The real reason why Umang Singhar is fighting a public war with Digvijaya Singh
The internal battle in Madhya Pradesh Congress may well have just started.
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Madhya Pradesh forest minister Umang Singhar’s opposition to former chief minister Digvijaya Singh writing letters to ministers, making political recommendations, has more to it than meets the eye. Initially, Singhar accused Singh of trying to destabilise the government. He later added that Singh had vested interests in sand mining and liquor.
So, what is the real reason behind Singhar’s outburst? Political watchers in Madhya Pradesh have two reasons: One, commercial and, indirectly political, and second, purely political.
Madhya Pradesh forest minister Umang Singhar (left) has accused senior Congress leader Digvijay Singh of trying to destabilise the Kamal Nath-led government.
Dhar, in western Madhya Pradesh, from where Singhar hails, has a thriving liquor business, say sources. It thrives mainly because of parched throats in neighbouring Gujarat, which is a dry state. So, the posting of excise officers is important for anyone who wants a share of the pie. Soon after the change of government in Madhya Pradesh, the old beneficiaries who were linked to the previous party in power, but shared some part of the largesse with the then-Opposition leaders, had to make way for the new ones, taking it in their stride. But the former Opposition beneficiaries found themselves without anything.
They were left high and dry since a Congressman from a rival faction took over the liquor trade. The deprived group opposed the posting of excise officer Sanjiv Dubey. The attack on Singh is being seen as an outcome of support he extended to changing the new beneficiaries. On September 3, an audio recording of Dubey went viral, in which he was heard saying that he has to pay out three Congress MLAs, including Singhar, from the district and that there wasn’t enough profit in the business to do so. The release of the audio is being perceived as a counter-attack by the Digvijaya Singh camp. The excise officer has since been transferred from the district.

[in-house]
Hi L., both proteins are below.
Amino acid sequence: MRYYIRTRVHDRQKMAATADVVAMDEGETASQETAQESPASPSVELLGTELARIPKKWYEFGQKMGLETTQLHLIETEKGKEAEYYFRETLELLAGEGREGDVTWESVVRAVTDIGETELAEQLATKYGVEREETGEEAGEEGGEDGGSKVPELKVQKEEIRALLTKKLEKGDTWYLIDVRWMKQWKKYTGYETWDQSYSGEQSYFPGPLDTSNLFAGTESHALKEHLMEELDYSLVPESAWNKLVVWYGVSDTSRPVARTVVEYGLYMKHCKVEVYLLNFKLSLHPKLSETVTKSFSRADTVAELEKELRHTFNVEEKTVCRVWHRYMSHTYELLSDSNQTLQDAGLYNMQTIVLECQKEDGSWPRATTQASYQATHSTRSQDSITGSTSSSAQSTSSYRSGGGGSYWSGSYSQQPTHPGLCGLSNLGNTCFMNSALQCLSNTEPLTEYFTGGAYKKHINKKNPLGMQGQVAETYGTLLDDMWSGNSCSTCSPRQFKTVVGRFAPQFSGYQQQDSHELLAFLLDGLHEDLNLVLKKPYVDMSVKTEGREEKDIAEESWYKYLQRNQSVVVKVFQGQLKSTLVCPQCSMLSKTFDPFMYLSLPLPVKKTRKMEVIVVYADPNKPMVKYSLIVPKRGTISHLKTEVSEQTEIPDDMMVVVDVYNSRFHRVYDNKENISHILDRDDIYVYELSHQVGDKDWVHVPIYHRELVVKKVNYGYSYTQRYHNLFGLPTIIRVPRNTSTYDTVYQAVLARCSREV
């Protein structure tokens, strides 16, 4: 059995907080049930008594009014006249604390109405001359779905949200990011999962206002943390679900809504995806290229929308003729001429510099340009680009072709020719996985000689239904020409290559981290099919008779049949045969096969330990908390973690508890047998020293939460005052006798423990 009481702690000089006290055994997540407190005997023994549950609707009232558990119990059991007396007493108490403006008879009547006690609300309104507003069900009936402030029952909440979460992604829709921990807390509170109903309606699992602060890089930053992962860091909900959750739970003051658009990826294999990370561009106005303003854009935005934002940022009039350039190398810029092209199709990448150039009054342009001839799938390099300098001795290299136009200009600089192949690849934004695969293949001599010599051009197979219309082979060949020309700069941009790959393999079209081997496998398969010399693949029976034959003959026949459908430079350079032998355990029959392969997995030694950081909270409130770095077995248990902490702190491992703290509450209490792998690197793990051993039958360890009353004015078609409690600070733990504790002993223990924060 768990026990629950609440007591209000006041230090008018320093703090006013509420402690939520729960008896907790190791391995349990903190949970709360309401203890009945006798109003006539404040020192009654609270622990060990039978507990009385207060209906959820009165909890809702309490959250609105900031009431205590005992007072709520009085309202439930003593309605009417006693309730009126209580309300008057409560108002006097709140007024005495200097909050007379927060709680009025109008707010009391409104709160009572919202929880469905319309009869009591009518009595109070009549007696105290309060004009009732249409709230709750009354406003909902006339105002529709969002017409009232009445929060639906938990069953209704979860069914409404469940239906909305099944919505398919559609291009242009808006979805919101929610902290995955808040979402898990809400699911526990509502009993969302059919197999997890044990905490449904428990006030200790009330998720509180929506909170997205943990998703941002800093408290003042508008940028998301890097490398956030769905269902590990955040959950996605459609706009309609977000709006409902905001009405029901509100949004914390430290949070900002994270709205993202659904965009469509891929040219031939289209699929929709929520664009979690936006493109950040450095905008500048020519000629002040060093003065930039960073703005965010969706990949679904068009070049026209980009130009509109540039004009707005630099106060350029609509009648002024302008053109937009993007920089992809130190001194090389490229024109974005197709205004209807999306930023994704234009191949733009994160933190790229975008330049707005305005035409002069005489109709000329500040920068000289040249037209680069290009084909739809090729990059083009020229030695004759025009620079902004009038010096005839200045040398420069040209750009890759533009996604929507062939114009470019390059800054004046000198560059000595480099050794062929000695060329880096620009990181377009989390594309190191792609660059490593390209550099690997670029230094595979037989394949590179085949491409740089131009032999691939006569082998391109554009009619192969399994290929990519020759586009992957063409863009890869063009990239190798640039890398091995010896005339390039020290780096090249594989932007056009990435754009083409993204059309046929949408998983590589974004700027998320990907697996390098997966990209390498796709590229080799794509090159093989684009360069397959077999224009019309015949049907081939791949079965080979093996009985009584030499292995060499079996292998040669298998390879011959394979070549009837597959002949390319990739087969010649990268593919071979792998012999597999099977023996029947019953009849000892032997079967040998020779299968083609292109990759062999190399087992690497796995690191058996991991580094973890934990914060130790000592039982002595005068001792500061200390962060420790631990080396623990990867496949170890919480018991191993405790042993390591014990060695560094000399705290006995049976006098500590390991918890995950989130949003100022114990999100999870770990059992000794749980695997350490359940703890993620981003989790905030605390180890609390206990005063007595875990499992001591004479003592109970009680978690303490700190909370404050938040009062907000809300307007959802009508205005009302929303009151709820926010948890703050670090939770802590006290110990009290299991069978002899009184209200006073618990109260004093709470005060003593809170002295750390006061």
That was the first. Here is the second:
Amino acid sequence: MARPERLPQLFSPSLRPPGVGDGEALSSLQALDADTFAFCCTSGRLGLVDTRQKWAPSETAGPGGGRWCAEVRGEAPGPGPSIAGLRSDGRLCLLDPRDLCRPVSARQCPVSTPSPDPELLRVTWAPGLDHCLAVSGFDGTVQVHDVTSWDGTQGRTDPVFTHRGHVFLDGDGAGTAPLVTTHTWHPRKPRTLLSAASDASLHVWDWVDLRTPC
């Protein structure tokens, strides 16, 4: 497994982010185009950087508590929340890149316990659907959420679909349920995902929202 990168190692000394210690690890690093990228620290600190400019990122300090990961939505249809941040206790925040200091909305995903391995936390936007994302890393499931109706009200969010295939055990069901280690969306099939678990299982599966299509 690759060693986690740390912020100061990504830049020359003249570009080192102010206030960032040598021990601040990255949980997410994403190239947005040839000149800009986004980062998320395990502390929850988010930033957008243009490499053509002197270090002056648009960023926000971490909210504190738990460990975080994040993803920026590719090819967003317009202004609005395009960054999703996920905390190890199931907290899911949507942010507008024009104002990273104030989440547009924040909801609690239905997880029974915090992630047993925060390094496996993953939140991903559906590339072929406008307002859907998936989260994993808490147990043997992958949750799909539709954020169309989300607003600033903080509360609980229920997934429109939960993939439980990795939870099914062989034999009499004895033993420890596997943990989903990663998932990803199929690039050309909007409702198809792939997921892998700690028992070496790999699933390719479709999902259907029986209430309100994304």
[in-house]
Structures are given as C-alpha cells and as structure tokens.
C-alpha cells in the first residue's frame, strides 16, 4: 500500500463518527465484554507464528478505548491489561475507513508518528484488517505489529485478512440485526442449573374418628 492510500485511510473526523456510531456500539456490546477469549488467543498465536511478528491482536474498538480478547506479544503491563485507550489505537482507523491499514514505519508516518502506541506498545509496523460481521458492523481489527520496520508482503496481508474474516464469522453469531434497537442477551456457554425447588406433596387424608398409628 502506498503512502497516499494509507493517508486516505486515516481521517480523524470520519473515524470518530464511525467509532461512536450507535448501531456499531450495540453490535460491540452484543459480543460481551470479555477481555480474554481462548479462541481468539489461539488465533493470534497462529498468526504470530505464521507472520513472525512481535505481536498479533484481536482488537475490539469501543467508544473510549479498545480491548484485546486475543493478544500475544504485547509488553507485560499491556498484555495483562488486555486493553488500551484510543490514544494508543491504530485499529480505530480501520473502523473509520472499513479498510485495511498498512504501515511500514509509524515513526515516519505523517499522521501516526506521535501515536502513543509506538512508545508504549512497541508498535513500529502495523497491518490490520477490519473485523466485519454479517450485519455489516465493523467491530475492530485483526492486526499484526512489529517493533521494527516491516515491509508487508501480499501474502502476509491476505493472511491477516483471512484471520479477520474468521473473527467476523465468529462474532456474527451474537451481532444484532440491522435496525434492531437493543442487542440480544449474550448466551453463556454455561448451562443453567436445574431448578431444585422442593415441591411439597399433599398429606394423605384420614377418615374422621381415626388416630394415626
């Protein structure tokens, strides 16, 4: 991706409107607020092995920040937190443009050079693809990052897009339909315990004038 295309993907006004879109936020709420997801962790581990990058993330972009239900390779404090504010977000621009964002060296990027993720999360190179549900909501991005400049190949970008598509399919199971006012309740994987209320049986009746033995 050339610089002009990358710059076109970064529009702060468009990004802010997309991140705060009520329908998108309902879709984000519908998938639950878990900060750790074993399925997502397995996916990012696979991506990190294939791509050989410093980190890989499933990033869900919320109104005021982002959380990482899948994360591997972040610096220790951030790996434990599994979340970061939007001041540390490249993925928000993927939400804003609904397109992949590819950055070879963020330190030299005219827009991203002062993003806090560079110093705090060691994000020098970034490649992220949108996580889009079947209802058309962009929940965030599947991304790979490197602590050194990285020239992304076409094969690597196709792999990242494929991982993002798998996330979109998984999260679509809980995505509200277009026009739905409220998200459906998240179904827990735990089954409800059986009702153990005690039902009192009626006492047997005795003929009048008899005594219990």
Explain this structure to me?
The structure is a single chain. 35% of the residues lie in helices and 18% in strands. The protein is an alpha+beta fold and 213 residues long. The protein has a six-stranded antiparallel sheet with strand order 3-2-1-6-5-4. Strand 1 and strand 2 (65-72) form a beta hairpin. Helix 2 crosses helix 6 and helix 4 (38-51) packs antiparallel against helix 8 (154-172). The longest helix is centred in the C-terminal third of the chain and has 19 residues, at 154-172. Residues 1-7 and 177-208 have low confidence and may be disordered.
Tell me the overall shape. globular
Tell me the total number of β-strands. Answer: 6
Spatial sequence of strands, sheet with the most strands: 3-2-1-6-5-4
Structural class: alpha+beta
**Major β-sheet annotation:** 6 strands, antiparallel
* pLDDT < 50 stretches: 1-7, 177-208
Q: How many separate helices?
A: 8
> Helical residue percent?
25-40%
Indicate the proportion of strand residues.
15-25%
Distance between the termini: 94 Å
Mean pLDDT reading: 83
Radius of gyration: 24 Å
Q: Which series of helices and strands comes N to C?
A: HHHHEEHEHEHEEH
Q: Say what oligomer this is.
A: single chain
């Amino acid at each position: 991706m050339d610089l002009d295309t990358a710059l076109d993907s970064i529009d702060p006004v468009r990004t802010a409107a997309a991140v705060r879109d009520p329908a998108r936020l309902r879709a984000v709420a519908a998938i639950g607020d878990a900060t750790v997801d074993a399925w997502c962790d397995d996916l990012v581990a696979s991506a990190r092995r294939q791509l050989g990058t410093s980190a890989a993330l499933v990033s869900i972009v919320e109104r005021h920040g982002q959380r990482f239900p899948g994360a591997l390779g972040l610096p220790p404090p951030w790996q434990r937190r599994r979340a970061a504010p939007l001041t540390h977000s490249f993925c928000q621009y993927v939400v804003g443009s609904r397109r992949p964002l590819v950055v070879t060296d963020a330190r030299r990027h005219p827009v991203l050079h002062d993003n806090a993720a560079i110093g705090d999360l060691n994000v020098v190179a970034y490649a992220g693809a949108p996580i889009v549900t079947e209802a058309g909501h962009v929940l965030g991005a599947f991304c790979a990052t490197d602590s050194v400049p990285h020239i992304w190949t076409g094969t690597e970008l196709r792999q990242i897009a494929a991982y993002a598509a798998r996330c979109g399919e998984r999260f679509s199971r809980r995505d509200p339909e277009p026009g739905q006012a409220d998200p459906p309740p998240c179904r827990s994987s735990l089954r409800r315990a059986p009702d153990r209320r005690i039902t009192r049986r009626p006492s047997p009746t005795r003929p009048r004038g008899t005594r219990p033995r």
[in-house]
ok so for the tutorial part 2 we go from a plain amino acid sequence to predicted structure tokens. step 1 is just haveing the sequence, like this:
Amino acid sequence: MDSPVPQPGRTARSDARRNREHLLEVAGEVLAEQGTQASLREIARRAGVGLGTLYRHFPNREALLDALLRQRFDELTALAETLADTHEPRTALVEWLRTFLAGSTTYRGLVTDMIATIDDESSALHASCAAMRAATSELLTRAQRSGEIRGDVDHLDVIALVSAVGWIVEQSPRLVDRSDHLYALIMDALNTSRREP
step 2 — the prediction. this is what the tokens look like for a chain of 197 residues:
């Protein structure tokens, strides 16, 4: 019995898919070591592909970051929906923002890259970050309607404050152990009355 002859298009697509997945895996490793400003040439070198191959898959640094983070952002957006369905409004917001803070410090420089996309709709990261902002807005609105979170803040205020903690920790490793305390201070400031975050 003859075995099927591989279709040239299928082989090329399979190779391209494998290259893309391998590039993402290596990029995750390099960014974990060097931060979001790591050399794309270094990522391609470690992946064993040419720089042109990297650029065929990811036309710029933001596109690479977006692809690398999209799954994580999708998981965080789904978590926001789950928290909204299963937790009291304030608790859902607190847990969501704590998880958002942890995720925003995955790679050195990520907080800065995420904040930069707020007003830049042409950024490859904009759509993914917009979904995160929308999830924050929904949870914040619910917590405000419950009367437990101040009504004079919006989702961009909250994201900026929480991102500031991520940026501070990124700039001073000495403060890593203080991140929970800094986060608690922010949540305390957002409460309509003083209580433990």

The other theory behind Singhar’s outburst is that the appointment of PCC president is due and he is one of the candidates, so he is opposed to Singh. Other MLAs, as if on cue, also began listing their grievances publicly. Gohad MLA Ranveer Jatav accused health minister Tulsi Silawat’s son of demanding bribes for transfers. The entire issue brought Congress’ internal divisions to the fore. The BJP milked it too. Digvijaya Singh is not known to react in such situations. The reactions follow after months at times. Singhar should be careful.
(Courtesy of Mail Today)